Last Thursday on my way to the coach station, we saw this lady with white hair and a furry Russian hat jog out of her gate and turn right – oh man, you’re not gonna make it, I thought, feeling bad for her. And then the bus driver suddenly slowed down, “where are you running to lady?” he asked and opened the doors, stopping a few yards short of the actual stop. The drivers are actually not supposed to do that, but who was gonna complain about a bus driver that stopped a little too soon so that an old lady doesn’t miss her bus? I thought that was pretty sweet.
Later at the coach station, I was waiting to board the National Express and I saw this young mother with a baby about 6 months I guess. She was a petite woman and I was really impressed by her strength – she held the baby in one arm and picked up a car seat, balanced it on the sidewalk, proceeded to take out a bunch of bags from the pram (why do babies need so much stuff? I mean, they’re tiny!) and then expertly folded the pram. What impressed me more was the smile on her face. I would be penduluming between frazzled and grumpy if I were travelling with just a baby. People let her board first, which was also very nice. And throughout the journey to Birmingham, I heard the lady talk with her baby (in baby talk, which is always cute when its emanating from a baby but definitely a bit weird when adults indulge in it…) and when the baby cried, she continued to croon calmly. Finally the baby’s whining turned merry again and I saw her grinning as her mother bounced her up and down – every time her cheeky little face appeared over the top of the seat, the lady sitting behind her pretended to grab at her, which I know sounds super creepy but babies love that – this one was no exception. She giggled every time.
Birmingham was cloudy and misty too. The Bull Ring mall (or shopping center, as the Brits say. How did Pakistanis get so Americanized in their language when we were colonized by the former?) is huge – I kept exiting from one door and entering a whole new side, and it took fifteen minutes to find my friend. We decided to walk to the art gallery and tell our other colleague friend to just meet us there, but then we literally walked into her on our way there.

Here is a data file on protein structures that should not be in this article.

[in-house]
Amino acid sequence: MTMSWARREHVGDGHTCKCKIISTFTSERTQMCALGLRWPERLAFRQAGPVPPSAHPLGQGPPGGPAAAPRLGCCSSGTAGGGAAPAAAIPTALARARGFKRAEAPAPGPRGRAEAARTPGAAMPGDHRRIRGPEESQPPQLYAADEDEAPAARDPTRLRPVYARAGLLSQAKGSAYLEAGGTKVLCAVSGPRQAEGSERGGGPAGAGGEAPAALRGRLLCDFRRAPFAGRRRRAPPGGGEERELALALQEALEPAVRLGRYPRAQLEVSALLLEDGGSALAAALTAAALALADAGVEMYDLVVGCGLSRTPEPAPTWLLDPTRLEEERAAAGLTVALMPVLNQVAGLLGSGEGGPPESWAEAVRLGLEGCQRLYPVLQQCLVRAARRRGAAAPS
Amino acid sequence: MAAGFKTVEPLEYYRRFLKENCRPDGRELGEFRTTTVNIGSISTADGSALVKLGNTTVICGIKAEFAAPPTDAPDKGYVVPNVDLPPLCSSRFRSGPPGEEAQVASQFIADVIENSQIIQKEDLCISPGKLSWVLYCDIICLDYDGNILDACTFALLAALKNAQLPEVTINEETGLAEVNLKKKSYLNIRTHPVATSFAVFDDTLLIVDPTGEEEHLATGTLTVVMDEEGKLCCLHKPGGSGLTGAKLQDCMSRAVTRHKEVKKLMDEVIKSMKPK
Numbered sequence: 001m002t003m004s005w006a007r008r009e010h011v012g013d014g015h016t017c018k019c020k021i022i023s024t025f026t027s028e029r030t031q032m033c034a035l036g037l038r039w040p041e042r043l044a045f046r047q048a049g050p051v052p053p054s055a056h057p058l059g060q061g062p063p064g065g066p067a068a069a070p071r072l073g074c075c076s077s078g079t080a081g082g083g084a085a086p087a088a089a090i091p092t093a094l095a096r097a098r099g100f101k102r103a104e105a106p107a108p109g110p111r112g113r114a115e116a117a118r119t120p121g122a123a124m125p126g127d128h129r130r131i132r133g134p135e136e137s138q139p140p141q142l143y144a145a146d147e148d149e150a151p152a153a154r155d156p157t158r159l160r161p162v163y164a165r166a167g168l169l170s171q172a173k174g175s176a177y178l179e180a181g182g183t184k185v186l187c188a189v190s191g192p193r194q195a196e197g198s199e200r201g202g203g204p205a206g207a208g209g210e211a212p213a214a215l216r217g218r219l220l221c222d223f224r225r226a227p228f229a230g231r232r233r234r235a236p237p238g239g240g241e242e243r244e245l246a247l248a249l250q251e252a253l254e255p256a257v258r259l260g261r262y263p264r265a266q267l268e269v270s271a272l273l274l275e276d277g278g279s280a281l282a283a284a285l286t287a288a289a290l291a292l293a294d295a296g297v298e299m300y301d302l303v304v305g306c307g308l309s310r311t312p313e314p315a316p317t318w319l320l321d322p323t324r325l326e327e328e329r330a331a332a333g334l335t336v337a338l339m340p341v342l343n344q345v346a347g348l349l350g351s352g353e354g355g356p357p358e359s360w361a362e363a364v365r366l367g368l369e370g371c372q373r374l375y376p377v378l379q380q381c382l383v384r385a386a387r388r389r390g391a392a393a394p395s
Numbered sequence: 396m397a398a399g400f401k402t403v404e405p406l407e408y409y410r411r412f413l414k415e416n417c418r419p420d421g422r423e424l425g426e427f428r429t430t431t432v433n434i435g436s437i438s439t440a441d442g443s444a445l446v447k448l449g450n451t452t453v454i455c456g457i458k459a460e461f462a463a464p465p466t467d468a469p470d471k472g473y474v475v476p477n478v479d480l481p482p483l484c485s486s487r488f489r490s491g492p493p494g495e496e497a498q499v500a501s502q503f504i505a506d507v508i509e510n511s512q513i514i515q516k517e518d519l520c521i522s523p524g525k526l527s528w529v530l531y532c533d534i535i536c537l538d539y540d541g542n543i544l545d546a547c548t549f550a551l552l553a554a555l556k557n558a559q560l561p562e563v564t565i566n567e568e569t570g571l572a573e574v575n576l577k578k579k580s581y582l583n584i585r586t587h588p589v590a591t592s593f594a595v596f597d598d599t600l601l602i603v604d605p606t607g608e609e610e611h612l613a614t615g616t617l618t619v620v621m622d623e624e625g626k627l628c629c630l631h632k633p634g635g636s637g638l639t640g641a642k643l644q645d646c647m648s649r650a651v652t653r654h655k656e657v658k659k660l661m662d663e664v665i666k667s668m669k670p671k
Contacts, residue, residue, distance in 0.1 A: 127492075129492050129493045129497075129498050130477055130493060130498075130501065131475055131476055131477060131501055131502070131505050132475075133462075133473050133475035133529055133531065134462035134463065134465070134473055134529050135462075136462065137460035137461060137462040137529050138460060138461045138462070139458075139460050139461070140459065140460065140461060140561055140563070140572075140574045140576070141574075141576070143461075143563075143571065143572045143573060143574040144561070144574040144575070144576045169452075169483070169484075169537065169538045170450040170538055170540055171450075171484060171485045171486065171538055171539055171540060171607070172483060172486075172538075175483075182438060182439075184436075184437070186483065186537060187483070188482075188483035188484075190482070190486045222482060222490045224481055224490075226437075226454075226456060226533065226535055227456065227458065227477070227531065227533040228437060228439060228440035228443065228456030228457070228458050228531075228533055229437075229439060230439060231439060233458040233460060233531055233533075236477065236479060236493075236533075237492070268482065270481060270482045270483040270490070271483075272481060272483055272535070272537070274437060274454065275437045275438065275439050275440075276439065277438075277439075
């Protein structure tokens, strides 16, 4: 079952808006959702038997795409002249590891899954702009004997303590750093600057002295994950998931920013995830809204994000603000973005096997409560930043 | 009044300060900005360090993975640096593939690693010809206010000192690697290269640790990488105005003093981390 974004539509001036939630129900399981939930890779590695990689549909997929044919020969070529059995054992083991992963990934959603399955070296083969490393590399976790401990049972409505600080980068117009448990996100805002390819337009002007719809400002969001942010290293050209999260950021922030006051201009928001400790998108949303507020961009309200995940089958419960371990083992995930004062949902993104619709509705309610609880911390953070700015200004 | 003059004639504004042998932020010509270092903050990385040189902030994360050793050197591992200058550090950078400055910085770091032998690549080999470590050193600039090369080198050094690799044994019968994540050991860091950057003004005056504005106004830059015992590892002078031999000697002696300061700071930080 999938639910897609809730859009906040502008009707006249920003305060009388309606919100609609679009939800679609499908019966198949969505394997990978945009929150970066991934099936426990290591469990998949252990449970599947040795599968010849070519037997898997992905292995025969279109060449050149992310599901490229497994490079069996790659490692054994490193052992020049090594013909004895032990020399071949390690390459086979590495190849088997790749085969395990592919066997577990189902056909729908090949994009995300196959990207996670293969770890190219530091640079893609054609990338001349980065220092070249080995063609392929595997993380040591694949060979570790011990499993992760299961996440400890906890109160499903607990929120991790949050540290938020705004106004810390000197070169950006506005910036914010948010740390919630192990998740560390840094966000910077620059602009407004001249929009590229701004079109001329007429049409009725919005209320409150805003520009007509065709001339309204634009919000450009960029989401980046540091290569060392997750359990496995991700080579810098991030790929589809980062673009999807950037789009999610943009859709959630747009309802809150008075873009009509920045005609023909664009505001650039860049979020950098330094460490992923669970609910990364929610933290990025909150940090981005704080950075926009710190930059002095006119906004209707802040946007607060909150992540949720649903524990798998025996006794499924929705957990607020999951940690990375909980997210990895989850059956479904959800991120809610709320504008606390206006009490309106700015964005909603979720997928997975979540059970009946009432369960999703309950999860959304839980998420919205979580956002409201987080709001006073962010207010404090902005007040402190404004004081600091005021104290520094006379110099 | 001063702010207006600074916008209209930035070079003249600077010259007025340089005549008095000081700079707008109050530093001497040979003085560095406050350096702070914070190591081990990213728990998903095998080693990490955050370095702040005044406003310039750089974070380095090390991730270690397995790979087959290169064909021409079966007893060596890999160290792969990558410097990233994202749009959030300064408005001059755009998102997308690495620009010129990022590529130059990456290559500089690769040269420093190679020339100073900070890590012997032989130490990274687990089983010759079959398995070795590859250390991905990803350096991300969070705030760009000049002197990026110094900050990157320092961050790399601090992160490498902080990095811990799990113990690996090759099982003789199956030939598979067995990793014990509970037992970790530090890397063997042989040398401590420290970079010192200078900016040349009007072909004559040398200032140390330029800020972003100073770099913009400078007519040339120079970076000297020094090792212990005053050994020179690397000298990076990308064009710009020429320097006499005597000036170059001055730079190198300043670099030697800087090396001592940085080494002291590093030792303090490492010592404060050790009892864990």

I love that the museums in England are free! The art gallery was huge. I also love how there is always a Pakistani artist to be found in all these galleries and museums, and there is nothing like living abroad to make you sigh fondly over mentions of Lahore…
We also saw the library, which was nine floors high, with twinkling blue fairy lights draped over the circular banisters and rows and rows of thickly bound beautiful books, a secret garden that was admittedly a bit winter-worn but still had amazing views, and you could definitely imagine sitting on a bench amidst the leafy green plants with a book and a cup of frothy coffee…
Some Halal Subway, window-shopping, coffee, TCF-praising and much-needed human conversation later, it was time to head home.
Back at the coach station in Birmingham, there was a small child who stood by the automatic doors which opened obligingly for him – there were several adults nearby but nobody paying him enough attention to comfort me that they were his family, and then with a glance behind him, the boy toddled out of the door. Two seconds and still no adult, and then just like that, the little critter turned and ran back inside.
Point one for grandma standing close to the door, whose smile showed that she had had an eye on him the entire time.
Later the same toddler was in his father’s arms, pulling at his daddy’s hair. I gave him a smile and after that we became friends. Every 45 seconds he would wave at me, a short, quick wave that was more like tracing the shape of a hill in the air, and I would wave back.
Once again, these are some things that only people shorter than 2 feet can do and make it seem really cute.
As I settled into my seat, I found a pack of peanut M&Ms in my bag. Unexpected victories.
I had two and then decided to save the rest for my studious other half back at home.
Because you know, sometimes, the little things can really make you smile.